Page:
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Brent crude firm on drop in US oil inventories, Iran threat

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Brent oil rose on Wednesday, driven higher by a threat from an Iranian commander and a drop in US crude inventories for the second week in a row caused by an outage at a Canadian facility.

[LONDON] Brent oil rose on Wednesday, driven higher by a threat from an Iranian commander and a drop in US crude inventories for the second week in a row caused by an outage at a Canadian facility.

The price was near session highs above US$78 a barrel after an Iranian Revolutionary Guards commander said he was ready to prevent regional crude exports if Iranian oil sales were banned by the United States.

Brent crude futures were up 5 cents at US$77.81 a barrel by 1431 GMT, while US crude futures were down 24 cents at US$73.90 a barrel, paring gains after rallying by as much as 1.2 per cent on Tuesday.

Iranian President Hassan Rouhani appeared on Tuesday to threaten to disrupt oil shipments from neighbouring states if Washington continued to press all countries to stop buying Iranian oil.

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Market voices on:

Looming US sanctions on Iranian crude exports, force majeure in Libya and unplanned pipeline outages in Nigeria have been clouding the supply outlook despite rising output by the Organization of the Petroleum Exporting Countries.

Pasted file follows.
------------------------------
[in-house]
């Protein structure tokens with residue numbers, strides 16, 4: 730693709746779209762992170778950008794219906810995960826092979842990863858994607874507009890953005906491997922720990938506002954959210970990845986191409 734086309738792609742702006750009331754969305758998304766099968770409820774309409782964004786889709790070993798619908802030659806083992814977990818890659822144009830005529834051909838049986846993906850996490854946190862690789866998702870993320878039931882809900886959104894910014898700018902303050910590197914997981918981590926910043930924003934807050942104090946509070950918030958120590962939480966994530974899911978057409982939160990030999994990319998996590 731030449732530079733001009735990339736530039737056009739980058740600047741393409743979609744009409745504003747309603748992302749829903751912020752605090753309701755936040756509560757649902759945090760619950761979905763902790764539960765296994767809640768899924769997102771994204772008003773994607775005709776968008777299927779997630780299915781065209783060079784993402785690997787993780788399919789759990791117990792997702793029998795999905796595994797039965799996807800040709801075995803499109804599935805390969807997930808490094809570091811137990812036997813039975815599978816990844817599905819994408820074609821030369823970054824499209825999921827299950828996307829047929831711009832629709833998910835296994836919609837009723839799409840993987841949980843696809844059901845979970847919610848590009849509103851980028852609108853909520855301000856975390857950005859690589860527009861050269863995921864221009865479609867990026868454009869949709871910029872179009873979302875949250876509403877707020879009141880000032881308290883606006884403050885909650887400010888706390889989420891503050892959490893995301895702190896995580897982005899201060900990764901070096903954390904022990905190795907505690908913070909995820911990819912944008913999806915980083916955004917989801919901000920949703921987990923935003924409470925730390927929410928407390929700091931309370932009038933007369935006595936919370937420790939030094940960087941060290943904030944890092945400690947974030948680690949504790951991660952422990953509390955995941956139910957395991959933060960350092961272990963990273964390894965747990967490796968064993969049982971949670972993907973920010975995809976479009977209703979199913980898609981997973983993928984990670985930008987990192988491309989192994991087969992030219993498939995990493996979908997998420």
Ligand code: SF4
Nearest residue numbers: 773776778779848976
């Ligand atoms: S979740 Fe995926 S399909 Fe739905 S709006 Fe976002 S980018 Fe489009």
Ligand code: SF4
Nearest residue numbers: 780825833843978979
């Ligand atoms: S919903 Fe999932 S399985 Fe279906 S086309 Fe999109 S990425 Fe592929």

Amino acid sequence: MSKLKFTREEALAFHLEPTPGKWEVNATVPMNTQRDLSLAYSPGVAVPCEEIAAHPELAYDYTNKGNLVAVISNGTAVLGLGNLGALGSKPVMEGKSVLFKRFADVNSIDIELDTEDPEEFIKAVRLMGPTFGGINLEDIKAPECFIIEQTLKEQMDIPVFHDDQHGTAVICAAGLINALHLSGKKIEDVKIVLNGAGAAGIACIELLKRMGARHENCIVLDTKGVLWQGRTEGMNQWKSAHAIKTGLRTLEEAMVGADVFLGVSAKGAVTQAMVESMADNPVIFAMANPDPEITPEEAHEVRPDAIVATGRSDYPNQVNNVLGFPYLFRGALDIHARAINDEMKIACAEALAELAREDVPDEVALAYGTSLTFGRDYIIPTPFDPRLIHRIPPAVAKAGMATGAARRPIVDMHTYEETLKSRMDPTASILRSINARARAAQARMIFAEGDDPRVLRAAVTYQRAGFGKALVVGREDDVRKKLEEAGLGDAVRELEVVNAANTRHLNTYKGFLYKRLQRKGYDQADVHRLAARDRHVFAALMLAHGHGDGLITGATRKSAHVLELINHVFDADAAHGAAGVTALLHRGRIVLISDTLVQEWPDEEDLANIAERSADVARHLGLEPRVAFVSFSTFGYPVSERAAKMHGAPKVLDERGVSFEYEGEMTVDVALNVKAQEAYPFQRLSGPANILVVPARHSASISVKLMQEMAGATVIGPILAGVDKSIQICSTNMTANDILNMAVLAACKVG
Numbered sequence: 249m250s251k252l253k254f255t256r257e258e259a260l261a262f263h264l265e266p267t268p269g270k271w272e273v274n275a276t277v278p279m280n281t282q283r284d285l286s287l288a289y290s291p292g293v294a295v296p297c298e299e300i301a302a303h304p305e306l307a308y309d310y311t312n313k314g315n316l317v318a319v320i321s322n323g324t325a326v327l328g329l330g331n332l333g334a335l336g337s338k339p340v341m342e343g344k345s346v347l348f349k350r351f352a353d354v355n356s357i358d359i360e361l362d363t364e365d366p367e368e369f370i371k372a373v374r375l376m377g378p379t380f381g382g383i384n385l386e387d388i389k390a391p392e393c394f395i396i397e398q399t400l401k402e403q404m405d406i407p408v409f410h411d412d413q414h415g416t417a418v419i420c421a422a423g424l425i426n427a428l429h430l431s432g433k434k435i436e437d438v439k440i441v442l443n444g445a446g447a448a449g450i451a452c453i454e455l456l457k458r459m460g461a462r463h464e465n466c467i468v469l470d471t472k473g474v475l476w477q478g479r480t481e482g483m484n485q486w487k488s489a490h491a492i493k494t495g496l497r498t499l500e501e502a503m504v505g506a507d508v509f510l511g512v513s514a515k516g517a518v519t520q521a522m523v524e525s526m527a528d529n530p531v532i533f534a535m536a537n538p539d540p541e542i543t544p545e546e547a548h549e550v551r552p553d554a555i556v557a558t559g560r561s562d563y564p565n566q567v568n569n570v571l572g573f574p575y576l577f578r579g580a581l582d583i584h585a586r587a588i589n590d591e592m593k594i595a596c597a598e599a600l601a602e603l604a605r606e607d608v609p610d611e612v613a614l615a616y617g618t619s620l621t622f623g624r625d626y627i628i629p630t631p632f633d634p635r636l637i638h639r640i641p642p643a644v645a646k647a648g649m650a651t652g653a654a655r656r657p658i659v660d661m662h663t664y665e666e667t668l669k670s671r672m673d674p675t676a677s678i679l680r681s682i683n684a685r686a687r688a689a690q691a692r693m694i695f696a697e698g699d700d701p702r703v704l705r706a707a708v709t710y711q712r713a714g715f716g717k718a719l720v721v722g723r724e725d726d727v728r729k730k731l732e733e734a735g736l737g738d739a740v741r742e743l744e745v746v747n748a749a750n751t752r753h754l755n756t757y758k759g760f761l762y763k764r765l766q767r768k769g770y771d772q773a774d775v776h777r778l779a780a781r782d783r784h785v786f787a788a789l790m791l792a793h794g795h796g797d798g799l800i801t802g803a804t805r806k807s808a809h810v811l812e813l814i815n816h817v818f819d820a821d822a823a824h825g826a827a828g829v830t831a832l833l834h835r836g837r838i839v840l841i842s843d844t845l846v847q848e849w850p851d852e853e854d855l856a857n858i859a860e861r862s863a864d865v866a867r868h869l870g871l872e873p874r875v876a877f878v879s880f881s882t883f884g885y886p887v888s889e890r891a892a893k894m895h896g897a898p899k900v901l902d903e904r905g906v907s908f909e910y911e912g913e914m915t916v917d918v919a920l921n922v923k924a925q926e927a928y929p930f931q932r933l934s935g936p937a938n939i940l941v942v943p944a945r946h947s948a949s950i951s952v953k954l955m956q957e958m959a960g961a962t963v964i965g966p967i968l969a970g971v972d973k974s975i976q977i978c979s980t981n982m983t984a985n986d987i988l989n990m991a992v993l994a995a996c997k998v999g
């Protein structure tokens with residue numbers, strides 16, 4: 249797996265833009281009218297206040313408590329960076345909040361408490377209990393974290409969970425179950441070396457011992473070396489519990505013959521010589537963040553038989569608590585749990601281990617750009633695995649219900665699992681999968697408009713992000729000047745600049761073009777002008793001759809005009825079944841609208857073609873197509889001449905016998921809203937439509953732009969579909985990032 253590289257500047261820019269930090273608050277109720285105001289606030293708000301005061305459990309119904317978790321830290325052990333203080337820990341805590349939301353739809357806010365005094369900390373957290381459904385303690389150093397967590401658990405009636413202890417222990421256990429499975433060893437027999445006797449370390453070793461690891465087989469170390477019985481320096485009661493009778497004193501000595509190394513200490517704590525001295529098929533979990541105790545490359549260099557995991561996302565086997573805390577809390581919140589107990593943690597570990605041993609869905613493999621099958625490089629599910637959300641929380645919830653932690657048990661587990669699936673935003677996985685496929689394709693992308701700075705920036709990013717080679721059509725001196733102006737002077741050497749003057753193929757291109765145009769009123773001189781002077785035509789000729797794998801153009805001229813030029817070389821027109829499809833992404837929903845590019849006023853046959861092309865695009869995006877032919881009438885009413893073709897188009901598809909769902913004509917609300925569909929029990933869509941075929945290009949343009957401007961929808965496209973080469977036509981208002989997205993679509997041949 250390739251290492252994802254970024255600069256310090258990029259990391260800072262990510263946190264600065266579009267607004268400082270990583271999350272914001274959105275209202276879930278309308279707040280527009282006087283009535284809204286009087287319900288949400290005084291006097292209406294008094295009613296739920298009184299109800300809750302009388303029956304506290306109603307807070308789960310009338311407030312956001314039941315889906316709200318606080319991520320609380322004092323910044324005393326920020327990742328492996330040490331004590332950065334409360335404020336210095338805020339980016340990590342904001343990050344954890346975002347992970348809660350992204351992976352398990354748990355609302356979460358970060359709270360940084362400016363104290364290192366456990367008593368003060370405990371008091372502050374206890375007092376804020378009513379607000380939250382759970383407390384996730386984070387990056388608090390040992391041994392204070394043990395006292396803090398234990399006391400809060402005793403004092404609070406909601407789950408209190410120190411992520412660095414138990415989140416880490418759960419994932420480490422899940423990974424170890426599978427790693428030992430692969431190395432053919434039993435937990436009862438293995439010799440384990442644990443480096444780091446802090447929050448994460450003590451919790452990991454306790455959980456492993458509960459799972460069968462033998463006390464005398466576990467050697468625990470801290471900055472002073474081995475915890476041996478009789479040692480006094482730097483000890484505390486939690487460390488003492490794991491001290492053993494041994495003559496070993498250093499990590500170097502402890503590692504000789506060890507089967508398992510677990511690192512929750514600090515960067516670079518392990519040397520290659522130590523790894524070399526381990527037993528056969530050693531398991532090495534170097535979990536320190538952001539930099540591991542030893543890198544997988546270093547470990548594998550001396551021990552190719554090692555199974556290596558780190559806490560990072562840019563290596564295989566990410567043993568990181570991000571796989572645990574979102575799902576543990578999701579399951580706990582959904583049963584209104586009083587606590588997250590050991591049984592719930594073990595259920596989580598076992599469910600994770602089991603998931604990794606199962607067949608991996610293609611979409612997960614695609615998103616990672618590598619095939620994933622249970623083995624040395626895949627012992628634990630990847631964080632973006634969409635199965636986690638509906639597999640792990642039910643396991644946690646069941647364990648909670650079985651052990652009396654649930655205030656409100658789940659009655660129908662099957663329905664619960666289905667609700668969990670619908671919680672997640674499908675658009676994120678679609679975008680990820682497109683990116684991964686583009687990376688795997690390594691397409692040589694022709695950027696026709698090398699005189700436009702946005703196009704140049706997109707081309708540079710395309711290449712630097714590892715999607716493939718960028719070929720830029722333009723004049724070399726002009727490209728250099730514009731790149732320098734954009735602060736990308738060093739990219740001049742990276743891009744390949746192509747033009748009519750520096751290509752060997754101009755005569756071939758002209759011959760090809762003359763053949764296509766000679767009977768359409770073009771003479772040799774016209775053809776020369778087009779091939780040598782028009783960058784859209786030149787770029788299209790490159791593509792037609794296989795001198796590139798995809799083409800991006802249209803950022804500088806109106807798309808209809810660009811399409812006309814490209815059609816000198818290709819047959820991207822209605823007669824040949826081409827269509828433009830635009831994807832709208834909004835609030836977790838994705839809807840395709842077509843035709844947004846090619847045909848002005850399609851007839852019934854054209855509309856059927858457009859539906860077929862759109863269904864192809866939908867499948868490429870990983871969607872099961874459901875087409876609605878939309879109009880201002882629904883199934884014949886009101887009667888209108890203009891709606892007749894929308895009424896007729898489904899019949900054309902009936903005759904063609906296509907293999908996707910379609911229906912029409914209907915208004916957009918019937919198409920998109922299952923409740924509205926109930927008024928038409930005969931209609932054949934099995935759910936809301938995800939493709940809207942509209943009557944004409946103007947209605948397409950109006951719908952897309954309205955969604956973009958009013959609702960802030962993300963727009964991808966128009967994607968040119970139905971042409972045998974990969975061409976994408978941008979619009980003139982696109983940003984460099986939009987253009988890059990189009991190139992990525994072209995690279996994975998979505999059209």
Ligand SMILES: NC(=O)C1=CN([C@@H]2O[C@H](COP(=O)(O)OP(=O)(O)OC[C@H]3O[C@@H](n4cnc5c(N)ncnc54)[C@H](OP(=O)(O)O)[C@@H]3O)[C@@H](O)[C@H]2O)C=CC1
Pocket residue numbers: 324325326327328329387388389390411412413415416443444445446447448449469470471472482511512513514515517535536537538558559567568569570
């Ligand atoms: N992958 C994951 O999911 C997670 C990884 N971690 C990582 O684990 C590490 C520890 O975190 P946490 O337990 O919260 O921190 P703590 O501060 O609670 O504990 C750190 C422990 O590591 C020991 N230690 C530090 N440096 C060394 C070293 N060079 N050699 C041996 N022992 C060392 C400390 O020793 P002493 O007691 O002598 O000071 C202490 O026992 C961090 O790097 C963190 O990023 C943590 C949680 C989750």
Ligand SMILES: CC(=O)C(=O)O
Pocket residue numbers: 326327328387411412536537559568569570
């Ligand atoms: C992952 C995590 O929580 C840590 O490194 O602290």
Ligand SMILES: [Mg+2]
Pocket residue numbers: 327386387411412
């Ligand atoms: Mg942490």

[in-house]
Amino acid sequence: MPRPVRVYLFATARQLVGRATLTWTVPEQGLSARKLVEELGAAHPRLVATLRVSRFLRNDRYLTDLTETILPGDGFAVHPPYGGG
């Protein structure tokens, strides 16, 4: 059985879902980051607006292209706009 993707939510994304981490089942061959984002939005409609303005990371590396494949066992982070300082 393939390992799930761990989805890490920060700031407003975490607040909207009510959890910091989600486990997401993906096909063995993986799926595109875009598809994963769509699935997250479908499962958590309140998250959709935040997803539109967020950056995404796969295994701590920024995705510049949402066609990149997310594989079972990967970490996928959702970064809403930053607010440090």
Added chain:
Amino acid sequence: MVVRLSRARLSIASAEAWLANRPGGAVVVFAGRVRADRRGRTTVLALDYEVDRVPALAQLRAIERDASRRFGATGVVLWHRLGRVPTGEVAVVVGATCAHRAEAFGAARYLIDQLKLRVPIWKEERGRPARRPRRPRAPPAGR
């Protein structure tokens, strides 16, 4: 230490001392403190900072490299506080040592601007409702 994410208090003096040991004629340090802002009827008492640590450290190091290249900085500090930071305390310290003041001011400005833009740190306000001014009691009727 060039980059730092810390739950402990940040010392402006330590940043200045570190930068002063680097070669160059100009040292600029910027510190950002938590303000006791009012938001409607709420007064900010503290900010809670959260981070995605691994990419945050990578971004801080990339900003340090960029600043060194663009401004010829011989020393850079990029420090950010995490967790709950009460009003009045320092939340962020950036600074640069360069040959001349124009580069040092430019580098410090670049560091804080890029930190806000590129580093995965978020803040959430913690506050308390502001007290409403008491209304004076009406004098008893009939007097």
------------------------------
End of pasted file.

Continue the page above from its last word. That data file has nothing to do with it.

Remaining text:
"In an ideal world an increase in global or regional oil production would have downward pressure on prices. These are, however, no normal times as supply outages are almost weekly occurrences," PVM Oil Associates strategist Tamas Varga said.

"Under these circumstances it is justified to argue for higher prices when production increases are announced," he said.

Trading is expected to be limited on Wednesday by a US national holiday, although the market has been more volatile.

Implied options volatility, a way of measuring uncertainty among crude oil traders and investors, is at its highest since the run-up to last month's Opec meeting where an agreement was reached to ease up on output curbs in place since January 2017.

With the outlook unclear, investors were turning to options to protect themselves against any sudden move, said Harry Tchilinguirian, head of commodities strategy at BNP Paribas.

"When there is consolidation in the market, there is also the expectation of an eventual price breakout in either direction. So in the options market, the volatility gets bid up," he told the Reuters Global Oil Forum.

Investors can bet on various aspects of an option, from the premium to the price to how much that option might move.

REUTERS